Limits...
Cytomegalovirus colitis with common variable immunodeficiency and Crohn's disease.

Ünal B, Başsorgun Cİ, Çil Gönülcü S, Uçar A, Çelik F, Elpek GÖ - Case Rep Med (2015)

Bottom Line: Despite immunoglobulin and antiviral therapies, general condition of patient deteriorated and he died in the postoperative seventh day.Laboratory analysis was seronegative.CMV inclusion containing cells were detected in postmortem biopsies taken from liver, lungs, and lymph nodes.

View Article: PubMed Central - PubMed

Affiliation: Department of Pathology, School of Medicine, Akdeniz University, Turkey.

ABSTRACT
Here we present an eleven-year-old male patient who had been diagnosed with common variable immunodeficiency (CVID) three years ago due to recurrent sinopulmonary infections. Two years later he had been diagnosed with Crohn's disease (CD) due to diarrhea episodes which were unresponsive to the treatment. Depending on the active gastrointestinal bleeding and perforation he underwent total colectomy. Despite immunoglobulin and antiviral therapies, general condition of patient deteriorated and he died in the postoperative seventh day. Laboratory analysis was seronegative. CMV inclusion containing cells were detected in postmortem biopsies taken from liver, lungs, and lymph nodes.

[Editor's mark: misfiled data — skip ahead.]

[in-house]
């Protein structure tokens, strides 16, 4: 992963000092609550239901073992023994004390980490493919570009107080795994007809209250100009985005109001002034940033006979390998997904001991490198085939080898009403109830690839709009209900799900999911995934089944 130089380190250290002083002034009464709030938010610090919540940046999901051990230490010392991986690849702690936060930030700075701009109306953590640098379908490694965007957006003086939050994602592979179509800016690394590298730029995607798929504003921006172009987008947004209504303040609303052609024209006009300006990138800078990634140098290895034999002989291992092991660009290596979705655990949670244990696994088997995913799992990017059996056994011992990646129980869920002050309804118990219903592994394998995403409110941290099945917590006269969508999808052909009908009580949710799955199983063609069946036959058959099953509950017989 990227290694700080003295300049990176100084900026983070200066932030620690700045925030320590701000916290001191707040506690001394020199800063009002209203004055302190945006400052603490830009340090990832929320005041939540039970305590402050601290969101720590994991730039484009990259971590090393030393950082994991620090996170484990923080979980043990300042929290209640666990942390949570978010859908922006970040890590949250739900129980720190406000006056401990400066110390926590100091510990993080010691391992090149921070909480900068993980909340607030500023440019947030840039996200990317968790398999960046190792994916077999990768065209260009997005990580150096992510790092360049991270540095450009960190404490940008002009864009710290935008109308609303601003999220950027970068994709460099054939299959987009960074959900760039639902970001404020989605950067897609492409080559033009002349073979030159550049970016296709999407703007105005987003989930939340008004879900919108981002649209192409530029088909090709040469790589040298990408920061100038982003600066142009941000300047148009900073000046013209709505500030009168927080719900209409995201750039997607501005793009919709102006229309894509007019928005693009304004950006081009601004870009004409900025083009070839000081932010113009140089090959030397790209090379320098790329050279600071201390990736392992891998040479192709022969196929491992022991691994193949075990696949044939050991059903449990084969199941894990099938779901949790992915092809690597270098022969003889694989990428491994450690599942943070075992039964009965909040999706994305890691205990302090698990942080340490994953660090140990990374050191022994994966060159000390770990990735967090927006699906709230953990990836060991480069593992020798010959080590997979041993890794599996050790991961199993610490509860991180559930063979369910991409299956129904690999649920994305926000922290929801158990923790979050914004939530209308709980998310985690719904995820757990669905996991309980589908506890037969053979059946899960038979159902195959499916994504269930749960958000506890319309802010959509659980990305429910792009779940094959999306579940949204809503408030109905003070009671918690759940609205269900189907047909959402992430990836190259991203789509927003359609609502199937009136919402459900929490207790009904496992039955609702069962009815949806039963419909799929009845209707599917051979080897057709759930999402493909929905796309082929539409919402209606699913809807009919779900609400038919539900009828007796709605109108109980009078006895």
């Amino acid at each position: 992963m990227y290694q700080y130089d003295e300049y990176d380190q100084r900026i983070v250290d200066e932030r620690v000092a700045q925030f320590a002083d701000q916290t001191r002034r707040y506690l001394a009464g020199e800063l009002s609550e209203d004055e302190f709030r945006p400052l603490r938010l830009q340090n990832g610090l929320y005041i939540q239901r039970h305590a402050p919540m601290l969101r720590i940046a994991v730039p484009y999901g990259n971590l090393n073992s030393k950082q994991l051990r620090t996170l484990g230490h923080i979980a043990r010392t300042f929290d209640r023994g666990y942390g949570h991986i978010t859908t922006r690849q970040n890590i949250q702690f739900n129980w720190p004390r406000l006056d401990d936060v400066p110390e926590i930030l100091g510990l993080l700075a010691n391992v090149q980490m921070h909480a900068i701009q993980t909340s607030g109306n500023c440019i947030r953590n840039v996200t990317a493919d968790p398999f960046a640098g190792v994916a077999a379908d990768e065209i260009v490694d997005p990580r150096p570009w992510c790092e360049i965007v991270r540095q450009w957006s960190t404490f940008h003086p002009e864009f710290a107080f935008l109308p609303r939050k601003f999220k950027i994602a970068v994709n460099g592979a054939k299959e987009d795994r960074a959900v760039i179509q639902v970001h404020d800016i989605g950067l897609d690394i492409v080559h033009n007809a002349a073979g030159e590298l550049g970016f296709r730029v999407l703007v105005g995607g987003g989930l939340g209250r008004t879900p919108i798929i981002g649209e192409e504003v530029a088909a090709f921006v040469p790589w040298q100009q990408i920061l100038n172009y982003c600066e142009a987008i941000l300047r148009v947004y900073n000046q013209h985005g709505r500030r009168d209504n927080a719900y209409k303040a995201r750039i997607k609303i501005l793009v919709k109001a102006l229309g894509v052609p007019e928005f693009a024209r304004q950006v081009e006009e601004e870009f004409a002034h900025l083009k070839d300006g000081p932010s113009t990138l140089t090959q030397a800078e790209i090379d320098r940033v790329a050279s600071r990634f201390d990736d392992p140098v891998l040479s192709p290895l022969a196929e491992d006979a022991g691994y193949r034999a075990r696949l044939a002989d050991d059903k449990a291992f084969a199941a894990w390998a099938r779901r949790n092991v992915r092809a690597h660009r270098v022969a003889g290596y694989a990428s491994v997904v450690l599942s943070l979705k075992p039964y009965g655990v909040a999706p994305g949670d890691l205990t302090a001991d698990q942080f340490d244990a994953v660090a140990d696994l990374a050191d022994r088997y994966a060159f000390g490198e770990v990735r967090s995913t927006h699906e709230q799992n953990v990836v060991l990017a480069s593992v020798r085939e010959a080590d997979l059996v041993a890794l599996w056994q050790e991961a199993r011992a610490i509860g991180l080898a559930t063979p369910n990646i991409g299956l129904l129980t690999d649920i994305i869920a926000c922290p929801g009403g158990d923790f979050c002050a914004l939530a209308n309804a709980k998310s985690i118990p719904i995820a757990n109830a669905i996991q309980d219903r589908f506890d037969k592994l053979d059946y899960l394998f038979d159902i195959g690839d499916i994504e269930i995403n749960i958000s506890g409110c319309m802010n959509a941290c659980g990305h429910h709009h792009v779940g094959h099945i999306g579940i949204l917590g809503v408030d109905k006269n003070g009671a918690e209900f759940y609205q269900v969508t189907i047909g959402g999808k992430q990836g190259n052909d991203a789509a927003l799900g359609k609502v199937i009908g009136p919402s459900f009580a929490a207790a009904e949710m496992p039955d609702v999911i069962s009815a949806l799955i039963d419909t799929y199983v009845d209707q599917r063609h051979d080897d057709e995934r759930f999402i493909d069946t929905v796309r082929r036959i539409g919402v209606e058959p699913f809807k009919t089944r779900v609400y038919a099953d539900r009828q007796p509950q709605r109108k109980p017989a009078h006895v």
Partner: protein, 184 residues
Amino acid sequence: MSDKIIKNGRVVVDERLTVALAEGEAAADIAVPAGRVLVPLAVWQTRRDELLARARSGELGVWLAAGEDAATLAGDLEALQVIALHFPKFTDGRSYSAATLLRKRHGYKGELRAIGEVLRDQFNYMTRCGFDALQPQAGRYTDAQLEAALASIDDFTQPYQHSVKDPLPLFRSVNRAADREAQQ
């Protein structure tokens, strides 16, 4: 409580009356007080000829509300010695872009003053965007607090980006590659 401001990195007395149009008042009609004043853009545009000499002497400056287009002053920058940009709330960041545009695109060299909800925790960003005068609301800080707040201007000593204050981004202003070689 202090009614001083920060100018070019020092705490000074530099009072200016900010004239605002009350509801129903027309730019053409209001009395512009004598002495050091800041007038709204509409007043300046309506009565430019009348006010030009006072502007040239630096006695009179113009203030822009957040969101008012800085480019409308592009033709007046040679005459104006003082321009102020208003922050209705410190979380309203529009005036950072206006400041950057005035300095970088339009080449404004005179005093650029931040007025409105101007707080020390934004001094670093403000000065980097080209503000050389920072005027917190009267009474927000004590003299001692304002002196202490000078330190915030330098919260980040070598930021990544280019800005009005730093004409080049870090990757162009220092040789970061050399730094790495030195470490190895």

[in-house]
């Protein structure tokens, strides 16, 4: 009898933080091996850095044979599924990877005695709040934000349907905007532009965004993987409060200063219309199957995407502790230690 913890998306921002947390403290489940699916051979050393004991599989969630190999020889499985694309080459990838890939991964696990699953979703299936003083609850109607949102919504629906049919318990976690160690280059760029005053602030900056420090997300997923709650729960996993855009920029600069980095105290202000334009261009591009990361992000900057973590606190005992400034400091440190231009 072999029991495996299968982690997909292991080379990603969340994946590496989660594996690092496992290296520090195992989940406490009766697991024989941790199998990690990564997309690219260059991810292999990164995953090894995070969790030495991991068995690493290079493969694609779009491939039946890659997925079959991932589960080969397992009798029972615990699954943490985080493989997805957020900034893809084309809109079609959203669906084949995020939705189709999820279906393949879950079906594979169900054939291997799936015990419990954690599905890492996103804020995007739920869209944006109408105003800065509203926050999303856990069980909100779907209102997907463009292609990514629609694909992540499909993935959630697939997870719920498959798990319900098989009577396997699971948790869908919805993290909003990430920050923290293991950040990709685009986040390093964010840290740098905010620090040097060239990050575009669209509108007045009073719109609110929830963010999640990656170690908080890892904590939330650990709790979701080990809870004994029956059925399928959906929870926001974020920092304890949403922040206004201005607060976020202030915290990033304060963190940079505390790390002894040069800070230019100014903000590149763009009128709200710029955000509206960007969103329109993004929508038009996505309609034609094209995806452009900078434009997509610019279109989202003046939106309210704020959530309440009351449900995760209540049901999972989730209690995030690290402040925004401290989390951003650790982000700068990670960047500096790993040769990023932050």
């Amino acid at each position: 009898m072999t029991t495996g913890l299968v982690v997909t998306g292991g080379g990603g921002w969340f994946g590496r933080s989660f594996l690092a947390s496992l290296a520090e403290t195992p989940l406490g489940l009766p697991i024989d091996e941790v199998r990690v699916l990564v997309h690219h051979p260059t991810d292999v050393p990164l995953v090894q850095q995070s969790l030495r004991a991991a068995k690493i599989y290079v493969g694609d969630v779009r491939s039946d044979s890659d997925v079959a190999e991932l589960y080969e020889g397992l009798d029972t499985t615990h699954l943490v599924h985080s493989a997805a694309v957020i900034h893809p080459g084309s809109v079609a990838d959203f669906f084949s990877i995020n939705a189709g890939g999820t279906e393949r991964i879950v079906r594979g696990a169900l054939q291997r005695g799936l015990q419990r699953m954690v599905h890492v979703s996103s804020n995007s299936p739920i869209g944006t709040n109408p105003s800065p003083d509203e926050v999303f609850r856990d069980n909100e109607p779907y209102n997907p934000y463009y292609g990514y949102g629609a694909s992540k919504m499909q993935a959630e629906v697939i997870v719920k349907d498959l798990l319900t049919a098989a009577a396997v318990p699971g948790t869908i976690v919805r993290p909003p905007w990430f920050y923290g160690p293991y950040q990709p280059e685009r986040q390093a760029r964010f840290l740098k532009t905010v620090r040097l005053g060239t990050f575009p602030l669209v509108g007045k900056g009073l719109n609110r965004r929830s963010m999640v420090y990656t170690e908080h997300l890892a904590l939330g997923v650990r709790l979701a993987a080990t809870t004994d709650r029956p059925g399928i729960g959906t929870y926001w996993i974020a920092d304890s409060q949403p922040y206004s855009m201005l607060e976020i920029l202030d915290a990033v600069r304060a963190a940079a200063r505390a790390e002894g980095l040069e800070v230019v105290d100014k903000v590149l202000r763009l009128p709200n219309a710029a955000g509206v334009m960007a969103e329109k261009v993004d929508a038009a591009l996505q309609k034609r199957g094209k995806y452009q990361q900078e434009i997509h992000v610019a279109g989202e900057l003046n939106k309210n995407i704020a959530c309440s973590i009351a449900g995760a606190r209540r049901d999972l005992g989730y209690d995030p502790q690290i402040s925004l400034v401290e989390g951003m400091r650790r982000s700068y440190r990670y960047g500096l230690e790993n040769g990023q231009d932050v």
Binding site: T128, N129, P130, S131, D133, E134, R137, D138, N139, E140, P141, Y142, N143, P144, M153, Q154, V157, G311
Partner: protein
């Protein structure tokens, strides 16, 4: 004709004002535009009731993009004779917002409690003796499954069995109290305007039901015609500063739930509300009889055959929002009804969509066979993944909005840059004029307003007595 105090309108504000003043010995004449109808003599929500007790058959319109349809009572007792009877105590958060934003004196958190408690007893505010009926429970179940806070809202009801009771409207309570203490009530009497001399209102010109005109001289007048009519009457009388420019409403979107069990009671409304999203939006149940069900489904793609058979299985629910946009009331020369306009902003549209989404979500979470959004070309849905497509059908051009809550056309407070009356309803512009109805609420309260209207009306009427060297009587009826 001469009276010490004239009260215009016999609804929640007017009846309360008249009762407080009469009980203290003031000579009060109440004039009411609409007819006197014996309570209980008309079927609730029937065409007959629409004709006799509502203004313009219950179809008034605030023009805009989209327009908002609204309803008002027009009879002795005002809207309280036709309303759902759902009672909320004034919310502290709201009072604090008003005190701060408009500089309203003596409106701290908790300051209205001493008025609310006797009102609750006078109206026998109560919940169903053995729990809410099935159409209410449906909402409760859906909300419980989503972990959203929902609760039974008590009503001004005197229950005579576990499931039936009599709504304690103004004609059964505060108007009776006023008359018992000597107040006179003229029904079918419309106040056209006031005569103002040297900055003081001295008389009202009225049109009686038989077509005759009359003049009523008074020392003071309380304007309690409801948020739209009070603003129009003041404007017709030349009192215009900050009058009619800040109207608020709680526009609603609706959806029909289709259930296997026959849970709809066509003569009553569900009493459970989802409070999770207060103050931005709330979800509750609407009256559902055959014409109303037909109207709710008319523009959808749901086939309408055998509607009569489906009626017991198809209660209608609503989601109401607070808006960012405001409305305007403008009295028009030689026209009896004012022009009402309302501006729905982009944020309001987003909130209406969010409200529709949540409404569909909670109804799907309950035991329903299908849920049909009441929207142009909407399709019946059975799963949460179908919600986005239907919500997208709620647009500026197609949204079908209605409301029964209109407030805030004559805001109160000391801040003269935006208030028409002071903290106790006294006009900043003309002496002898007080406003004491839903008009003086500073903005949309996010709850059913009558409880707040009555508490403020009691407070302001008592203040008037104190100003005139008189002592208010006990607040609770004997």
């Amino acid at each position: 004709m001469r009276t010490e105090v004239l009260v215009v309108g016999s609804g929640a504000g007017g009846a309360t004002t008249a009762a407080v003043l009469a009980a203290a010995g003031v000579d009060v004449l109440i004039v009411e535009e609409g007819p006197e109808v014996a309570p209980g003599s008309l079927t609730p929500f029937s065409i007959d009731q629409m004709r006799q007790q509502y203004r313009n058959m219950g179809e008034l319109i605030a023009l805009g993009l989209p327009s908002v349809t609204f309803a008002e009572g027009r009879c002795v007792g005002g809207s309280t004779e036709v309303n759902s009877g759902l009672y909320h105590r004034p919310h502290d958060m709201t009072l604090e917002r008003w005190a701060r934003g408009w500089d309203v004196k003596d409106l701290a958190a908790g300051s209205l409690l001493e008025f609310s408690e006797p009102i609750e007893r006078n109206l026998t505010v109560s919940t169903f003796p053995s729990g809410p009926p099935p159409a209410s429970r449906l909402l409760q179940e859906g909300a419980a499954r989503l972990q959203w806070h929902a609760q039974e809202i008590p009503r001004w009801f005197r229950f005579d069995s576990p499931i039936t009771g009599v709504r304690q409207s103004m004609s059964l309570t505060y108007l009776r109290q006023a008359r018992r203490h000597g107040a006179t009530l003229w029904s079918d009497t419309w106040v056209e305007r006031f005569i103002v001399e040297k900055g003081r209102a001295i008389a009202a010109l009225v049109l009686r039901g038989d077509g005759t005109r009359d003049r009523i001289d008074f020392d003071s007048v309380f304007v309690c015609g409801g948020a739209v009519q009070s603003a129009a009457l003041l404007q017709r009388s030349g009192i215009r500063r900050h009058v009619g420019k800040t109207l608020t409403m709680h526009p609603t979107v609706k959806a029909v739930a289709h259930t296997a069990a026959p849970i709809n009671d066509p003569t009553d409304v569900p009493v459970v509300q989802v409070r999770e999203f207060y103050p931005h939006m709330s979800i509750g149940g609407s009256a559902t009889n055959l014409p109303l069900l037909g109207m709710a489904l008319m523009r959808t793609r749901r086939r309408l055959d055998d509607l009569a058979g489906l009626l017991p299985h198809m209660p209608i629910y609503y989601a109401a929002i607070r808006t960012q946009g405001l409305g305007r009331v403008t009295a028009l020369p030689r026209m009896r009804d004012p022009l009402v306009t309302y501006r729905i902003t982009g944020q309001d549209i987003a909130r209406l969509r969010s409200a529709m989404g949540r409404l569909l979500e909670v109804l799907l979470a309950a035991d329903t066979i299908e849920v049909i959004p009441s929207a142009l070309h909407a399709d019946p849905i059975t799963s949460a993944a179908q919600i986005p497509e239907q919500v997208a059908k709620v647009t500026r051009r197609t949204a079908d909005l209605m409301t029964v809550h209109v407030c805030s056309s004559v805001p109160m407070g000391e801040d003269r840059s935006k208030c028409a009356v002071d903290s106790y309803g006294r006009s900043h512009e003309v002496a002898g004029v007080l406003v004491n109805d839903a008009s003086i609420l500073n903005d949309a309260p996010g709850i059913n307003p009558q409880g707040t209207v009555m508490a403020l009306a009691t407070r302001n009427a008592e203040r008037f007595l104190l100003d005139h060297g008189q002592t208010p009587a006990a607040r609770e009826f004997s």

No MeSH data available.


Related in: MedlinePlus

Macroscopic appearance of colectomy material. Mucosa is hemorrhagic and hyperemic; multiple foci of ulcer and perforation areas are seen.
© Copyright Policy - open-access
Related In: Results  -  Collection


getmorefigures.php?uid=PMC4352901&req=5

fig1: Macroscopic appearance of colectomy material. Mucosa is hemorrhagic and hyperemic; multiple foci of ulcer and perforation areas are seen.